Atomoxetine: Treatment of attention-deficit/hyperactivity disorder through selective norepinephrine reuptake inhibition

Christopher J. Kratochvil, Martin J. Harrington, William J. Burke, Brigette S. Vaughan

Research output: Contribution to journalReview articlepeer-review


Atomoxetine (Strattera™), a selective norepinephrine reuptake inhibitor, is the first non-stimulant to be approved for treating attention-deficit/hyperactivity disorder (ADHD). It is the only medication that has received FDA approval for use in adults as well as children with this condition. The results of 9 clinical trials of atomoxetine, including a number of double-blind, placebo-controlled multicenter studies, have demonstrated its high degree of efficacy in controlling the symptoms of ADHD, and favorable patient tolerability, in children, adolescents and adults. While most of the clinical trials employed a twice-a-day dosing schedule, a single daily dose has been shown to be equally efficacious and safe. Transient gastrointestinal side effects were most frequently reported, which in most cases did not lead to discontinuation of atomoxetine therapy. Additional long-term studies are ongoing; direct comparison trials with stimulant agents, and evaluations of atomoxetine in ADHD patients with co-morbid conditions such as substance abuse, depression, anxiety and tics, are warranted to explore the potential for further expanding the use of this novel medication.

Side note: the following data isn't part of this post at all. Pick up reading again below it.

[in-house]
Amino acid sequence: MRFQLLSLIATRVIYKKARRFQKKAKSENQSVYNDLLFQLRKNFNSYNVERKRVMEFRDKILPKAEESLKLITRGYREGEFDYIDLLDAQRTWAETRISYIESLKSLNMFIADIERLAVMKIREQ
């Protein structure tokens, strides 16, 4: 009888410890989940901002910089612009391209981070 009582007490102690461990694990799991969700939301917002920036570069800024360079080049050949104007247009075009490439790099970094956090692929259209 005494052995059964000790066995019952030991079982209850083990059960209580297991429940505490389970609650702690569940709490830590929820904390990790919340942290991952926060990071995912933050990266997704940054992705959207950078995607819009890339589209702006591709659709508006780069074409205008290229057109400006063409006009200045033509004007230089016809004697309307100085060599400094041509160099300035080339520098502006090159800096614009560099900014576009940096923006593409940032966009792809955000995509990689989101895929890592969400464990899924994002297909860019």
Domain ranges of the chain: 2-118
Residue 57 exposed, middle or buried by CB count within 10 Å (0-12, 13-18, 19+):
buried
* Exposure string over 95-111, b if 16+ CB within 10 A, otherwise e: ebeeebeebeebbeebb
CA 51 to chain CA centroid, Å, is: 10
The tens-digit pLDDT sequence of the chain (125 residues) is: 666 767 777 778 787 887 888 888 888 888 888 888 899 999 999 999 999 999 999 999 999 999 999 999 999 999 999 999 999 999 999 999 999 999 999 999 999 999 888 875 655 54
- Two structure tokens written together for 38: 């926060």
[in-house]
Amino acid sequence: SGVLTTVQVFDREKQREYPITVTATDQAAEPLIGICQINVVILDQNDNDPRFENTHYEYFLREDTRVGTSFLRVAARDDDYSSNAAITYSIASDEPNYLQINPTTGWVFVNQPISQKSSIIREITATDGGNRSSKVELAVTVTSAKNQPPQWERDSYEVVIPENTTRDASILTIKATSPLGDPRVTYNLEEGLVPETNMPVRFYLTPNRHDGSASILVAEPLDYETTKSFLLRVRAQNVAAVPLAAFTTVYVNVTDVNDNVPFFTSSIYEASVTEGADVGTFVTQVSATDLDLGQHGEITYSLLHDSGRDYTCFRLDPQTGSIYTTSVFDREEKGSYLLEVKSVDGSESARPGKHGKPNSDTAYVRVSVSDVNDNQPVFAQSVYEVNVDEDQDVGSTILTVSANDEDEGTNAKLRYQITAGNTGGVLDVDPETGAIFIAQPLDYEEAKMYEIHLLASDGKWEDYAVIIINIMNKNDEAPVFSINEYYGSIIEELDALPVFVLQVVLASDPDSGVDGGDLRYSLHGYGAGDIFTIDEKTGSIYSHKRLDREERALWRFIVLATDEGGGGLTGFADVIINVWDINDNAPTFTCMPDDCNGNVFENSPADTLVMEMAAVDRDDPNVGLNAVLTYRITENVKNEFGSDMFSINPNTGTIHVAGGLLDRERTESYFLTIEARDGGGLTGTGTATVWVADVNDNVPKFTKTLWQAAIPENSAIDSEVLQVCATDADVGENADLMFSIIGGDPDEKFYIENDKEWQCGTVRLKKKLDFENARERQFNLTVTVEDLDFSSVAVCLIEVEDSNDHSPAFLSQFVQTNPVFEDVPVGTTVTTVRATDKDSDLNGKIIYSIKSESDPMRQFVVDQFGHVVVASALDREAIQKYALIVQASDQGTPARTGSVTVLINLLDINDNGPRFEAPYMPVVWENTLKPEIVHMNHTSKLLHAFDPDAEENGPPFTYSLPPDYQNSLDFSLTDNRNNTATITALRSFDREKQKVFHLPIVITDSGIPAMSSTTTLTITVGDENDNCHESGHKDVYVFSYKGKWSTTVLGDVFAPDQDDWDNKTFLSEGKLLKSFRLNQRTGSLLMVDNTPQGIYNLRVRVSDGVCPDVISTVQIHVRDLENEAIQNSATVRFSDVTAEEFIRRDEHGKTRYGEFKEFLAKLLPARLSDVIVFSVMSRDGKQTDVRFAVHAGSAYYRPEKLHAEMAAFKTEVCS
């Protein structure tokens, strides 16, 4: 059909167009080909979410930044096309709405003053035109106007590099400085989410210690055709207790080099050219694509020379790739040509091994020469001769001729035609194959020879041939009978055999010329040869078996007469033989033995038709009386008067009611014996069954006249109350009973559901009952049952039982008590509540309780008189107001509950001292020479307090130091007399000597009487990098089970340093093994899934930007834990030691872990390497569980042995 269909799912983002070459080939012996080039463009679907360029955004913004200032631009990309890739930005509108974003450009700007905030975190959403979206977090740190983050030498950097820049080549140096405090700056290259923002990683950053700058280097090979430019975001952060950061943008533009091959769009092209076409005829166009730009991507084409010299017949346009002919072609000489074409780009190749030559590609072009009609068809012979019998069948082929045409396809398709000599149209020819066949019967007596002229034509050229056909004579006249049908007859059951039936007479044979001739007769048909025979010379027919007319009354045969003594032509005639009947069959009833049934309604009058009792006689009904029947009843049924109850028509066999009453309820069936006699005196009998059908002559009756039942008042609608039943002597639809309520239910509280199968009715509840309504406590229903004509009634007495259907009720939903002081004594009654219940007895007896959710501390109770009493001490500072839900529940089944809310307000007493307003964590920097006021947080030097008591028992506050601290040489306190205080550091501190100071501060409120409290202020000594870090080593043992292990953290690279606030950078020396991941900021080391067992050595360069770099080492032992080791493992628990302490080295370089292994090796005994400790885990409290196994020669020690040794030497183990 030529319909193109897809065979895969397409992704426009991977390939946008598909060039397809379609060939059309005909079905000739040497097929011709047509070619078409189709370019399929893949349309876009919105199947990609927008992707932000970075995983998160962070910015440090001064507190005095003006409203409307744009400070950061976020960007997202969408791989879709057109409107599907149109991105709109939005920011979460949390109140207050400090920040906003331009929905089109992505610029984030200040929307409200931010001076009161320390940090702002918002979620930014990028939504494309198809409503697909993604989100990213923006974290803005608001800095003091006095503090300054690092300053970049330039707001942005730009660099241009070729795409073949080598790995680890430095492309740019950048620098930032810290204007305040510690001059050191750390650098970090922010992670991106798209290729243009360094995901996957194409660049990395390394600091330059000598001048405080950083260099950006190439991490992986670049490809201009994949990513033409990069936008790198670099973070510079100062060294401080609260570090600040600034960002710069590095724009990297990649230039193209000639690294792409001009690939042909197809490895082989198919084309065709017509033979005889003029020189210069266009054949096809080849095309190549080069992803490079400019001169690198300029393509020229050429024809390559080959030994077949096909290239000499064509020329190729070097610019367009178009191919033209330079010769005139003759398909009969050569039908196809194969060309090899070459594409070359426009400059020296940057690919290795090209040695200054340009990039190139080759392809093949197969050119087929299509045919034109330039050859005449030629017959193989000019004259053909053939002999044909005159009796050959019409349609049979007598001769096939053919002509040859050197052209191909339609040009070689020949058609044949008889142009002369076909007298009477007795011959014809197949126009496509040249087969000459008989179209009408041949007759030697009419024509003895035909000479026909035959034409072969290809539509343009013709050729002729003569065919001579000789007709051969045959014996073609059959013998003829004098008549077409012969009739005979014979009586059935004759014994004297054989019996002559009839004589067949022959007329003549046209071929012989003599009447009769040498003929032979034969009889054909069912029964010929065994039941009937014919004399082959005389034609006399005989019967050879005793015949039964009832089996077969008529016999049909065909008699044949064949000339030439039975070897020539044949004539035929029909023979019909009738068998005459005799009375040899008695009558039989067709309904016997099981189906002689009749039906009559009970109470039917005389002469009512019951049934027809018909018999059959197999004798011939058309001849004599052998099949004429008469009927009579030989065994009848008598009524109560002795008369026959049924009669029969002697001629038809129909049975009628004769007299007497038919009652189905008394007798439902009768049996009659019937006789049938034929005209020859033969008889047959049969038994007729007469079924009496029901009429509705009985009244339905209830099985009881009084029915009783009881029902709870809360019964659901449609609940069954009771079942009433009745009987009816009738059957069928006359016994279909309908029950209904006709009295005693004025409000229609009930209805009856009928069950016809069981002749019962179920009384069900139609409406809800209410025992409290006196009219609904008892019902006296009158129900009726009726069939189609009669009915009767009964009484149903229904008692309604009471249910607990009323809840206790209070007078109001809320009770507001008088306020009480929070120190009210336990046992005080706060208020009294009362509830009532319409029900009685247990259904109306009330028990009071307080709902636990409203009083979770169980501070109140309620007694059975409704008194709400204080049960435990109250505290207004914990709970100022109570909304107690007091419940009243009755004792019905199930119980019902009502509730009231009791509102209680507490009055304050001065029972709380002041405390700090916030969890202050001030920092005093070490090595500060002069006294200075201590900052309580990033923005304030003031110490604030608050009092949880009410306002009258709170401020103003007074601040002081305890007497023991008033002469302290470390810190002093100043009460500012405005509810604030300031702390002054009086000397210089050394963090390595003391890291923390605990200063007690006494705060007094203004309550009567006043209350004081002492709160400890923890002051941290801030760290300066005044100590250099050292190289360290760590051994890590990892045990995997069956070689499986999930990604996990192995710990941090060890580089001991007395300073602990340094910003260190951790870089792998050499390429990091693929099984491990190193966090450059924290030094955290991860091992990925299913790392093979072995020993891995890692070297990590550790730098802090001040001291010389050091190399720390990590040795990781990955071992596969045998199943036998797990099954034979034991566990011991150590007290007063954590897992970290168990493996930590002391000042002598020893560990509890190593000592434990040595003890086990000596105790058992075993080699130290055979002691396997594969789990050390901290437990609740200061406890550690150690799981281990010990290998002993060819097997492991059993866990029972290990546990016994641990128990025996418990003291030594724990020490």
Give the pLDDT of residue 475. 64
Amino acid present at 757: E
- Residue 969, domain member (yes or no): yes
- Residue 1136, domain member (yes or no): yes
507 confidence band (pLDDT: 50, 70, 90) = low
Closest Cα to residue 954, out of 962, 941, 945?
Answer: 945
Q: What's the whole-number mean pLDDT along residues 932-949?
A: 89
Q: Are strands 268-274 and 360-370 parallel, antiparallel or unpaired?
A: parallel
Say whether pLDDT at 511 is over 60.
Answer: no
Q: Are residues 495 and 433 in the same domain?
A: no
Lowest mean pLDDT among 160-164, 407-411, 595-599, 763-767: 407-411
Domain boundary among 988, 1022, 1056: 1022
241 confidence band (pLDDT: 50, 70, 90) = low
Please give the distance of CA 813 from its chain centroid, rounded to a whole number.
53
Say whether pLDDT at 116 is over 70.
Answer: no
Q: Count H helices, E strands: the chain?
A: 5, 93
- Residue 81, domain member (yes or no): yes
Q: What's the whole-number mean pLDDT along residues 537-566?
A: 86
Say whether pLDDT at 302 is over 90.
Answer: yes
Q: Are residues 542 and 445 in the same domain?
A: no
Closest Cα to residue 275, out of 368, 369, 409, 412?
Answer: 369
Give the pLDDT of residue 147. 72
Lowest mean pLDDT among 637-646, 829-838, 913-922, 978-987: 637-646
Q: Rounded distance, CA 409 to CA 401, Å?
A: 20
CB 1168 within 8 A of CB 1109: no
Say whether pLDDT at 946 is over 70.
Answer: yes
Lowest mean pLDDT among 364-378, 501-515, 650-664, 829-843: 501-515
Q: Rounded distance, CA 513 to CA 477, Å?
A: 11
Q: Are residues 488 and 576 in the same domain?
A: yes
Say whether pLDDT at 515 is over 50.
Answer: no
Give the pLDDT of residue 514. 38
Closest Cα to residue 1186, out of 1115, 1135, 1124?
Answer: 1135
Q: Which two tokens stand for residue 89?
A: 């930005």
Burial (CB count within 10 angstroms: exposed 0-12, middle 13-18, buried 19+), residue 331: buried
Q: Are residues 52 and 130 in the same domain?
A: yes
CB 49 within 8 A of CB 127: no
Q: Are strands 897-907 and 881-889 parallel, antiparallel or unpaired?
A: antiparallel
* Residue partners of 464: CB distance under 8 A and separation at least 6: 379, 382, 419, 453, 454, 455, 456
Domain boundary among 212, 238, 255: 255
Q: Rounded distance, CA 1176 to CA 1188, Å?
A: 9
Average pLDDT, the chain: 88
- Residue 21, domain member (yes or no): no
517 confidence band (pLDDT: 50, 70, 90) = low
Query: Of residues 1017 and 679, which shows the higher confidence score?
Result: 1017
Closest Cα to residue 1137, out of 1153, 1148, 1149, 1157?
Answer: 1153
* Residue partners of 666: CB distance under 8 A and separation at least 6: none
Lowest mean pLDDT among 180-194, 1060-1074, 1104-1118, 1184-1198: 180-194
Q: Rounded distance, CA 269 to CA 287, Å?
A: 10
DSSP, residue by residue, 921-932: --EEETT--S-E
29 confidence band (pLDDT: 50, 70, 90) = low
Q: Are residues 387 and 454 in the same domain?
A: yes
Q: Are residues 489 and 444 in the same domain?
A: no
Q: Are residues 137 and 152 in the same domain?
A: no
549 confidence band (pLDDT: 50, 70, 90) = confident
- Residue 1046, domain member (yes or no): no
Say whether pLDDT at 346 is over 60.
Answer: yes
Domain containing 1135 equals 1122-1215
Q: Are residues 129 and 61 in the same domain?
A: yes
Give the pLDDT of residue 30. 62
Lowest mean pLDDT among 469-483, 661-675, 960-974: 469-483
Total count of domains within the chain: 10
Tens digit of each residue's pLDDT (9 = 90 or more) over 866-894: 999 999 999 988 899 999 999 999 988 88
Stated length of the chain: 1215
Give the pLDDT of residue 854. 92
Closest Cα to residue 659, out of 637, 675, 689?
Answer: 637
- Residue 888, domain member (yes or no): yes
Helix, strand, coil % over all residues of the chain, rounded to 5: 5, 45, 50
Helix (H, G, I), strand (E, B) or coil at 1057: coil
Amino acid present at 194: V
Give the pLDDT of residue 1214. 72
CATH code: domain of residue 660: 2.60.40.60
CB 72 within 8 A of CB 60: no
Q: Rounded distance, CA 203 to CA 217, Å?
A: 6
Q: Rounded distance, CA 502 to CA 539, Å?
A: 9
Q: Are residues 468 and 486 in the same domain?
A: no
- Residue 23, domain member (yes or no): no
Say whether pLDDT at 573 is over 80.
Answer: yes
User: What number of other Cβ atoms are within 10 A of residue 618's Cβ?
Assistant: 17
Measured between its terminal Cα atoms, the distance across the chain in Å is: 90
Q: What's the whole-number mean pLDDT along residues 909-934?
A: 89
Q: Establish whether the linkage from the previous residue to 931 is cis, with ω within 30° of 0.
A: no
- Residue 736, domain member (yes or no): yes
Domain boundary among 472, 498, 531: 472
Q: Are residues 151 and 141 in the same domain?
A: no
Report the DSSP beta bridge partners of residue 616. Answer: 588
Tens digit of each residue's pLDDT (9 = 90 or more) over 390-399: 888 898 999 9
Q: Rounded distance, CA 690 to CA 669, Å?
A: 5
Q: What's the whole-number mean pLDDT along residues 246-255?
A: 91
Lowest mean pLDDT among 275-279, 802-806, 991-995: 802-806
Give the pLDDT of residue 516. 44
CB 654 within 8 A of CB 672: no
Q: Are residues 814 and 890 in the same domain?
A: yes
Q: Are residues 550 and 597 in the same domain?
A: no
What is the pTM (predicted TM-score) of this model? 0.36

Original languageEnglish (US)
Pages (from-to)239-250
Number of pages12
JournalToday's Therapeutic Trends
Issue number3
StatePublished - Sep 2003

ASJC Scopus subject areas

  • Pharmacology (medical)


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